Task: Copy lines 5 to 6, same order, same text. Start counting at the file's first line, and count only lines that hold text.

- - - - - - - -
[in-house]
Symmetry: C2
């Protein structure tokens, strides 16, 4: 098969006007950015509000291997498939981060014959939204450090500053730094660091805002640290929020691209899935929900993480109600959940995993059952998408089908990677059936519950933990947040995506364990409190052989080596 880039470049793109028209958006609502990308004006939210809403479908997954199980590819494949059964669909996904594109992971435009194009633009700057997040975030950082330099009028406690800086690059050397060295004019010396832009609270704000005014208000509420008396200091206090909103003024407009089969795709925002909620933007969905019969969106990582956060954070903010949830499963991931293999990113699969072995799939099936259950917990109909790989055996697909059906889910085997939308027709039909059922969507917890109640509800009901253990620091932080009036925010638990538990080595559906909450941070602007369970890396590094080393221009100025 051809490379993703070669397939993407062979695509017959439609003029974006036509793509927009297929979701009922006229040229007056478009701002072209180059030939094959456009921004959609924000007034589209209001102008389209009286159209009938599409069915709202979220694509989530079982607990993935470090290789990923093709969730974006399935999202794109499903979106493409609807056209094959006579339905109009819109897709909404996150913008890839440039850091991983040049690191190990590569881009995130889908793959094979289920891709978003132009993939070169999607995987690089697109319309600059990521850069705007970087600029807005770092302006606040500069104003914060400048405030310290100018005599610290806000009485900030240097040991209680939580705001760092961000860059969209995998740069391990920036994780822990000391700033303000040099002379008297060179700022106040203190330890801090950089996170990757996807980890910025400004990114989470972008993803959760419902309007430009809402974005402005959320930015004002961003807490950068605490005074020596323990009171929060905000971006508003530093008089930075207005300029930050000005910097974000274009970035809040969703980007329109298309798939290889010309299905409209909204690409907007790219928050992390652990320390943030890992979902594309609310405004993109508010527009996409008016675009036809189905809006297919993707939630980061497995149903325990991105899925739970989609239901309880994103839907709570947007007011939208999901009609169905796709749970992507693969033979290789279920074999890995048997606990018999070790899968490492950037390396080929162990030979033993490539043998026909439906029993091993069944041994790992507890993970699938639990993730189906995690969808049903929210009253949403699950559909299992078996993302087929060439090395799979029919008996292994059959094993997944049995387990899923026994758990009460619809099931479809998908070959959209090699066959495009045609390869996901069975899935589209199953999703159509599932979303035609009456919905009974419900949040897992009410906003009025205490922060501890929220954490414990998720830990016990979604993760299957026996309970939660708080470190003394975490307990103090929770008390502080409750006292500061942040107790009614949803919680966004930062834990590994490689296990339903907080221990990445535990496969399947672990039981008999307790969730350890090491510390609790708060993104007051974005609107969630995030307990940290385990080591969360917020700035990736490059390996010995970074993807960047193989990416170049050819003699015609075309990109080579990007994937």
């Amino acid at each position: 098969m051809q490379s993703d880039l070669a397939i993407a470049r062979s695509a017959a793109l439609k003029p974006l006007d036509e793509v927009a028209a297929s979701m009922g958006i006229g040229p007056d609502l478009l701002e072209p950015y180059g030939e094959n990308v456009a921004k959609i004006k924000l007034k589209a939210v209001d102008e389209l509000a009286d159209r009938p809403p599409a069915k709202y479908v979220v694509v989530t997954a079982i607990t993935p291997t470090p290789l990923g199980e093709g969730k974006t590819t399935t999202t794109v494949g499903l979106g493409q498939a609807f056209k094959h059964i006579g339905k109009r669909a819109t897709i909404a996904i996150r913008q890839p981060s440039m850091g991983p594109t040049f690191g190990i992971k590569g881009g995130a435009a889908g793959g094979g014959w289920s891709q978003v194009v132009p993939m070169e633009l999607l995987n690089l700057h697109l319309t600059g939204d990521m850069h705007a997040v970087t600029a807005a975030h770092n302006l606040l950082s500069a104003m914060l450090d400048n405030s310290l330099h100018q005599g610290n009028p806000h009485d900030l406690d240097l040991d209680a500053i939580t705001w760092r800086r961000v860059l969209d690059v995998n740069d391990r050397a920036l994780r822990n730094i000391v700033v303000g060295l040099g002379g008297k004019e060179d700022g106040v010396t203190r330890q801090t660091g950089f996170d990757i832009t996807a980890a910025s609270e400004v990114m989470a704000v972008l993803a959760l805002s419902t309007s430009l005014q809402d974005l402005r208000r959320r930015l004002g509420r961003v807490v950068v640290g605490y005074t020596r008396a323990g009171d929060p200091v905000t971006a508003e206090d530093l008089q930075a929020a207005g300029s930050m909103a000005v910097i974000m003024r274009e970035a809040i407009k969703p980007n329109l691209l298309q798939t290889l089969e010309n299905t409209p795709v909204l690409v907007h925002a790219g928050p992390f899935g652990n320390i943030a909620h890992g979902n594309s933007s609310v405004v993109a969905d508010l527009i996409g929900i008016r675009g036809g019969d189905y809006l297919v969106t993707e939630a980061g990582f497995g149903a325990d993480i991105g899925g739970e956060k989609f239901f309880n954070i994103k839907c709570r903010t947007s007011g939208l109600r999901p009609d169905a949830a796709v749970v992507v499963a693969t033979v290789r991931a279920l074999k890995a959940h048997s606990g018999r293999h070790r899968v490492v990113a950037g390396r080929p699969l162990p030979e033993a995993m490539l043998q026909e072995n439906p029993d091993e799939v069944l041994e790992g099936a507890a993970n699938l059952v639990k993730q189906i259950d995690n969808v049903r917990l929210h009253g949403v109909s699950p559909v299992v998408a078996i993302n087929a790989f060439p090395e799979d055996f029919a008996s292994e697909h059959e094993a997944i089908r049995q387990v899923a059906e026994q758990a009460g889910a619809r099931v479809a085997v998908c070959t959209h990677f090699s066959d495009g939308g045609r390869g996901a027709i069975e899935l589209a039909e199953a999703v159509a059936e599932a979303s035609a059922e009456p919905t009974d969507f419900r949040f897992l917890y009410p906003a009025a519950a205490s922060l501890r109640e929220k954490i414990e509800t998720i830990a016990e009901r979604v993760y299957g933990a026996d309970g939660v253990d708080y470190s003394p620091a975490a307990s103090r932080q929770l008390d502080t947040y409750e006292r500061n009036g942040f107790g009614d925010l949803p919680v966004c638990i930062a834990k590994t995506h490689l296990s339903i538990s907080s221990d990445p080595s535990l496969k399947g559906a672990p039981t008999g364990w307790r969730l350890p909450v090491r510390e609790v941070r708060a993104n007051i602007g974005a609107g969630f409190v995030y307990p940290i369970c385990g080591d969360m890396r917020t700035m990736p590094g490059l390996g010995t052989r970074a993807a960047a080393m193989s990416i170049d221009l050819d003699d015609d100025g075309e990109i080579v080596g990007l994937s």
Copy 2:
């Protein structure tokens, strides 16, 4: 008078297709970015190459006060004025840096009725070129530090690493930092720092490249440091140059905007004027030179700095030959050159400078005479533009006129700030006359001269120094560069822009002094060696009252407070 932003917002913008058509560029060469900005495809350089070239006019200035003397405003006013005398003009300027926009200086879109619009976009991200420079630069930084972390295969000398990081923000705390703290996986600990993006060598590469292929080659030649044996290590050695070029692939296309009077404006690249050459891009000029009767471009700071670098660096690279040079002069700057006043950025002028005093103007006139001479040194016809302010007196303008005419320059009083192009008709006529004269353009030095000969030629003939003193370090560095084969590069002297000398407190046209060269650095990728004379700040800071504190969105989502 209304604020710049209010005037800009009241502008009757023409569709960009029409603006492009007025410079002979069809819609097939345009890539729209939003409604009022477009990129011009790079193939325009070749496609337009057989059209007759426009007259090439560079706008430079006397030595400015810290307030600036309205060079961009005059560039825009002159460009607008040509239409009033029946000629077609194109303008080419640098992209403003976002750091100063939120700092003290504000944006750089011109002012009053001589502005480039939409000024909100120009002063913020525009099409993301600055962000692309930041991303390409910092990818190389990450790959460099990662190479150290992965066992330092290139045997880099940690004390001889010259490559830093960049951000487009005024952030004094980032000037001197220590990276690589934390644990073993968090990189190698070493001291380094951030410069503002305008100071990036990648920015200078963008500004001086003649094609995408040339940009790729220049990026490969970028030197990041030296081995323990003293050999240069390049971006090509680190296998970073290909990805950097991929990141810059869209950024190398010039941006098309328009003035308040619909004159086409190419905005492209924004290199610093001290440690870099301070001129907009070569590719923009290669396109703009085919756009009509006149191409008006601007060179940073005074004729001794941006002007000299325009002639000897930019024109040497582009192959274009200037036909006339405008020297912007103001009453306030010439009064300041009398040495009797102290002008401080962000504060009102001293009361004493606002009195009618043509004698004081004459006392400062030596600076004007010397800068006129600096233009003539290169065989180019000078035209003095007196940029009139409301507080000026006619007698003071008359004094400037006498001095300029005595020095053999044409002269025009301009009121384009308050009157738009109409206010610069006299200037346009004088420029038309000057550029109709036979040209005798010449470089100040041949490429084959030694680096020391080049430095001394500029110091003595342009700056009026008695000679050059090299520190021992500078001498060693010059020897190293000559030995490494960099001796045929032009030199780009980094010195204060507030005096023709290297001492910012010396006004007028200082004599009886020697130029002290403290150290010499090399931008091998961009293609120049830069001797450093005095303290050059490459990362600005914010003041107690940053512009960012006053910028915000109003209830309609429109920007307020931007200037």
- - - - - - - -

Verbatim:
Copy 2:
């Protein structure tokens, strides 16, 4: 008078297709970015190459006060004025840096009725070129530090690493930092720092490249440091140059905007004027030179700095030959050159400078005479533009006129700030006359001269120094560069822009002094060696009252407070 932003917002913008058509560029060469900005495809350089070239006019200035003397405003006013005398003009300027926009200086879109619009976009991200420079630069930084972390295969000398990081923000705390703290996986600990993006060598590469292929080659030649044996290590050695070029692939296309009077404006690249050459891009000029009767471009700071670098660096690279040079002069700057006043950025002028005093103007006139001479040194016809302010007196303008005419320059009083192009008709006529004269353009030095000969030629003939003193370090560095084969590069002297000398407190046209060269650095990728004379700040800071504190969105989502 209304604020710049209010005037800009009241502008009757023409569709960009029409603006492009007025410079002979069809819609097939345009890539729209939003409604009022477009990129011009790079193939325009070749496609337009057989059209007759426009007259090439560079706008430079006397030595400015810290307030600036309205060079961009005059560039825009002159460009607008040509239409009033029946000629077609194109303008080419640098992209403003976002750091100063939120700092003290504000944006750089011109002012009053001589502005480039939409000024909100120009002063913020525009099409993301600055962000692309930041991303390409910092990818190389990450790959460099990662190479150290992965066992330092290139045997880099940690004390001889010259490559830093960049951000487009005024952030004094980032000037001197220590990276690589934390644990073993968090990189190698070493001291380094951030410069503002305008100071990036990648920015200078963008500004001086003649094609995408040339940009790729220049990026490969970028030197990041030296081995323990003293050999240069390049971006090509680190296998970073290909990805950097991929990141810059869209950024190398010039941006098309328009003035308040619909004159086409190419905005492209924004290199610093001290440690870099301070001129907009070569590719923009290669396109703009085919756009009509006149191409008006601007060179940073005074004729001794941006002007000299325009002639000897930019024109040497582009192959274009200037036909006339405008020297912007103001009453306030010439009064300041009398040495009797102290002008401080962000504060009102001293009361004493606002009195009618043509004698004081004459006392400062030596600076004007010397800068006129600096233009003539290169065989180019000078035209003095007196940029009139409301507080000026006619007698003071008359004094400037006498001095300029005595020095053999044409002269025009301009009121384009308050009157738009109409206010610069006299200037346009004088420029038309000057550029109709036979040209005798010449470089100040041949490429084959030694680096020391080049430095001394500029110091003595342009700056009026008695000679050059090299520190021992500078001498060693010059020897190293000559030995490494960099001796045929032009030199780009980094010195204060507030005096023709290297001492910012010396006004007028200082004599009886020697130029002290403290150290010499090399931008091998961009293609120049830069001797450093005095303290050059490459990362600005914010003041107690940053512009960012006053910028915000109003209830309609429109920007307020931007200037």